Last week, following reports of improper economic relief payments, U.S. Sen. Rick Scott, R-Fla. sent a letter to the Internal Revenue Service (IRS) Commissioner Charles Rettig requesting that the IRS address issues surrounding these payments.
Scott’s letter is below:
Dear Commissioner Rettig:
As the Internal Revenue Service (IRS) tirelessly works to implement the stimulus provisions of the recently enacted Coronavirus Aid, Relief, and Economic Security (CARES) Act, I urge you to do everything you can to make sure American taxpayer dollars are spent wisely and not wasted.
I was encouraged that the IRS began disbursing the 2020 Recovery Rebates for Individuals provided for under the CARES Act on April 11th, just two weeks following enactment, as those funds are intended to provide immediate financial relief to individuals that are hurting. However, I have been troubled by reports in recent weeks of improper payments being made by the IRS, including payments sent to deceased individuals and individuals who are claimed as dependents by another taxpayer. There have also been several reports of funds going to the wrong accounts and of under-payments, which fail to account for the dependents a taxpayer has properly claimed on his or her prior tax filings.
Responsible fiscal oversight is one of the most important responsibilities of our federal government. And let’s not forget, this year’s federal budget deficit will be the largest in the history of our nation, in excess of the cumulative deficits for the first 200 years of our country’s existence. We will end the year with more than $25 trillion in federal debt. With that in mind, I ask that you look into these reported improper payments, and provide responses to the following questions:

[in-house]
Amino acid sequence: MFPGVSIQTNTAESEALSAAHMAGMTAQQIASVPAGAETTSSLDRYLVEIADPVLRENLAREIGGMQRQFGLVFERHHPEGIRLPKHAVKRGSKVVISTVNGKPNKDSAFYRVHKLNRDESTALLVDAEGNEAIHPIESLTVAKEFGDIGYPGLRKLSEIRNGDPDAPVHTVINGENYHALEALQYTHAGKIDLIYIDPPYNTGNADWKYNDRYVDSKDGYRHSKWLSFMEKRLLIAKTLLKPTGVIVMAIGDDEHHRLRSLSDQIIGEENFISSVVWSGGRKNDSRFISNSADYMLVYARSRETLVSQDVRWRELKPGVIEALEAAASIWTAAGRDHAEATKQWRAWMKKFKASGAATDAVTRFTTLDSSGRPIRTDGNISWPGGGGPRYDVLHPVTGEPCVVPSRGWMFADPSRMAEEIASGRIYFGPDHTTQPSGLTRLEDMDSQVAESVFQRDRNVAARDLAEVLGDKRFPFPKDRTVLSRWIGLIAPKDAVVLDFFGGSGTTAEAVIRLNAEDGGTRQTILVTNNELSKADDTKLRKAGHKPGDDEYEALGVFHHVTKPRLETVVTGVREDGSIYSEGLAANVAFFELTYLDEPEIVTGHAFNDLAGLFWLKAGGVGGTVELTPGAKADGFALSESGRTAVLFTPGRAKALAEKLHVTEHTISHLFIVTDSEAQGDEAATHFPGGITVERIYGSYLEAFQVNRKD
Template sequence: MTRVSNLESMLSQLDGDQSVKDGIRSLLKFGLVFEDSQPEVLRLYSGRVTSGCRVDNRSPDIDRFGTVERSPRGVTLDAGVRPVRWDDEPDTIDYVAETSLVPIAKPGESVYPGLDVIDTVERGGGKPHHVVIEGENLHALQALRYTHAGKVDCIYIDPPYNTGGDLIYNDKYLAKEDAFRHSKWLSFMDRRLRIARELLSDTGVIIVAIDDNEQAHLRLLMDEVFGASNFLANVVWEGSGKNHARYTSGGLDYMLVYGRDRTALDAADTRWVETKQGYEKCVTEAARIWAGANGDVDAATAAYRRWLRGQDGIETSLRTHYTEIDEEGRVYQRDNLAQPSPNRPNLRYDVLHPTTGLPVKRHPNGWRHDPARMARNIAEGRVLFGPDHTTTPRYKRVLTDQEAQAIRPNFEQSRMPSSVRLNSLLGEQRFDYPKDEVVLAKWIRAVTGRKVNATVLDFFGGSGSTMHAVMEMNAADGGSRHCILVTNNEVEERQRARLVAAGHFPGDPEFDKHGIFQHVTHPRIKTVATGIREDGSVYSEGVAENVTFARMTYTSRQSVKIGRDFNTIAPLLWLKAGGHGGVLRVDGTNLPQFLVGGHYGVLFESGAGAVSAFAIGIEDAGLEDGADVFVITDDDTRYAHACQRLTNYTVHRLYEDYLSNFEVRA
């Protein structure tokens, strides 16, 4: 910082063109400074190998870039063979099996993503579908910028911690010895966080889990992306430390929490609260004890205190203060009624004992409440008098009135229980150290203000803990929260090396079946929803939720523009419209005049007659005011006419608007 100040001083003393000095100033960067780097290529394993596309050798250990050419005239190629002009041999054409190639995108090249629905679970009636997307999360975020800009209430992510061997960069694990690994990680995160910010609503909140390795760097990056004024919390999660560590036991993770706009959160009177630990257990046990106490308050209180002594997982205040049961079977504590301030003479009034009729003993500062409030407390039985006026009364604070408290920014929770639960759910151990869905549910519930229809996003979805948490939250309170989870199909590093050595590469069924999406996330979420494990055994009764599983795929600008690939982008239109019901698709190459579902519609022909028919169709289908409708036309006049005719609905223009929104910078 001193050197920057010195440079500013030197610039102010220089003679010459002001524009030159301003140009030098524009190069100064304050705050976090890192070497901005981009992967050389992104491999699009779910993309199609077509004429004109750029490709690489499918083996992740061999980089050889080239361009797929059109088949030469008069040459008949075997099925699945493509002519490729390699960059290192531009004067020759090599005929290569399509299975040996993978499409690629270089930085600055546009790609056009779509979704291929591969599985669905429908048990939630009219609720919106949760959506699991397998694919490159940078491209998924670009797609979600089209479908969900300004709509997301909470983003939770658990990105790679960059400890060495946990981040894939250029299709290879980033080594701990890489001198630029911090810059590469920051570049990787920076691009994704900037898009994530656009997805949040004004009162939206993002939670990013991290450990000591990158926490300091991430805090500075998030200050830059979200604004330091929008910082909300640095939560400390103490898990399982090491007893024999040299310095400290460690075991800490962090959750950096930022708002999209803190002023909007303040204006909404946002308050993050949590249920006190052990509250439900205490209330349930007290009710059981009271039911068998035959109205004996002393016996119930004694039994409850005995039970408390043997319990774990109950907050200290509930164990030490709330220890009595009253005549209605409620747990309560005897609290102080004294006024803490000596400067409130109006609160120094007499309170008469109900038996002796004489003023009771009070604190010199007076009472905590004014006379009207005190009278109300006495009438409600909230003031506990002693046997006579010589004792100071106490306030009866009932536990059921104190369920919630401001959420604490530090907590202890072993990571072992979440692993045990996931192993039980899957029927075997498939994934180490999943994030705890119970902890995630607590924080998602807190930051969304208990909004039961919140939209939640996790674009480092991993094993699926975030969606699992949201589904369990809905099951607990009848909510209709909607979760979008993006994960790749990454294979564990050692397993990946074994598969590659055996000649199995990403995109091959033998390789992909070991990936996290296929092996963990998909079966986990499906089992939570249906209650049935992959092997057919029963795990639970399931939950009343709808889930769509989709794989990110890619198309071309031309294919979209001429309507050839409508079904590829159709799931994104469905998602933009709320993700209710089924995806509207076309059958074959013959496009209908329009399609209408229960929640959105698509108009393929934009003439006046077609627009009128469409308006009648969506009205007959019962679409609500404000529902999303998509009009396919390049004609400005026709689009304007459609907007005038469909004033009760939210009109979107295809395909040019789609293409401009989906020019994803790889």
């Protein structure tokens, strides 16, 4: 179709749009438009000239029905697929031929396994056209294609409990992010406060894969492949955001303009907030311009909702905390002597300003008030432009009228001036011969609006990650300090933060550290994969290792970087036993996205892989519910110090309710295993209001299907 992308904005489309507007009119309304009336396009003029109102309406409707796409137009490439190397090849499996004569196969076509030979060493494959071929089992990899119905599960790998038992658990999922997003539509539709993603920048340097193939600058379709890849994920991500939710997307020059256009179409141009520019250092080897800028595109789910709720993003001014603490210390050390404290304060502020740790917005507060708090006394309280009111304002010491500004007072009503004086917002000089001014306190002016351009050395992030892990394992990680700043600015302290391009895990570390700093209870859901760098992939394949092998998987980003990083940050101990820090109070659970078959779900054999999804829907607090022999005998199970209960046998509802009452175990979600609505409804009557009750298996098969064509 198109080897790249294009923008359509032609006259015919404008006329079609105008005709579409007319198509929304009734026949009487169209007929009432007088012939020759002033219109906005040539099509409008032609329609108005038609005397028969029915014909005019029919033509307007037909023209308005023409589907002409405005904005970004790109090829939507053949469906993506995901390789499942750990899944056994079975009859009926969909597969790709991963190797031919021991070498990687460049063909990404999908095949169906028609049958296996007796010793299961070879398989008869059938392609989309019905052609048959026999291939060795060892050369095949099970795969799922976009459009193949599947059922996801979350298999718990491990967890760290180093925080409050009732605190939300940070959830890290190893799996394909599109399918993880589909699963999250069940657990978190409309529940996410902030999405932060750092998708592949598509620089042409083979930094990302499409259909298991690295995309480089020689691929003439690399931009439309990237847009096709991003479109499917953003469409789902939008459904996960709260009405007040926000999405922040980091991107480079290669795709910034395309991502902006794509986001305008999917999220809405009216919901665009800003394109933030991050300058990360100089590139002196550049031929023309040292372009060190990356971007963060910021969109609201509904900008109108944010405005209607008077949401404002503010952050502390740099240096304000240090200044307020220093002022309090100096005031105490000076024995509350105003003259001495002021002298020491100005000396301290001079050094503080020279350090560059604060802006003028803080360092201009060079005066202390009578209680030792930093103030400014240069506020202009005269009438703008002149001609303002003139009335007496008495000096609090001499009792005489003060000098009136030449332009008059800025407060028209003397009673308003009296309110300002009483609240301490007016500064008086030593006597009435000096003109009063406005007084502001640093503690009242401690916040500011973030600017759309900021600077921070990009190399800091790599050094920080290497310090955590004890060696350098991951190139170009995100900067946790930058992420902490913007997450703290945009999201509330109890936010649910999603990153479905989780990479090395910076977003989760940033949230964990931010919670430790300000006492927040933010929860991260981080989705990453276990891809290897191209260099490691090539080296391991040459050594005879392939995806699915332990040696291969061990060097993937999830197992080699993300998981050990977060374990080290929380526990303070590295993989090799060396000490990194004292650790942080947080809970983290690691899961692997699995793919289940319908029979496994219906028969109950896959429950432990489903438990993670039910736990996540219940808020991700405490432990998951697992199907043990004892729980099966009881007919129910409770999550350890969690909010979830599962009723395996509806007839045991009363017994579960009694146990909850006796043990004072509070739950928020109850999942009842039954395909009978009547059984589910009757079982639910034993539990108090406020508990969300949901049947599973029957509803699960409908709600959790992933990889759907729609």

How many improper payments has the IRS identified since it began disbursing funds to individual taxpayers pursuant to the 2020 Recovery Rebates for Individuals program?
How many improper payments have been made to:
Individuals who are claimed as dependents of another taxpayer?
Incorrect banking accounts for otherwise eligible recipients?
Other ineligible individuals not identified above?
What is the total dollar value of improper payments identified for each category of ineligible recipients above?
Were the tax filings used to identify potentially eligible recipients cross-referenced against other resources available to the IRS, such as the Death Master File maintained by the Social Security Administration, to confirm the continuing eligibility of the recipients prior to disbursement of funds?
What mechanisms did the IRS have in place prior to disbursements being made to prevent improper payments to ineligible individuals?
What mechanisms have subsequently been implemented to prevent further improper payments, like those identified above?
What has the IRS done to recover payments improperly made to ineligible recipients?
Thank you for your commitment to making sure American taxpayer dollars are spent properly, and I appreciate your prompt attention to this inquiry. I respectfully request that you provide written responses to the questions above within 30 days upon receipt of this letter.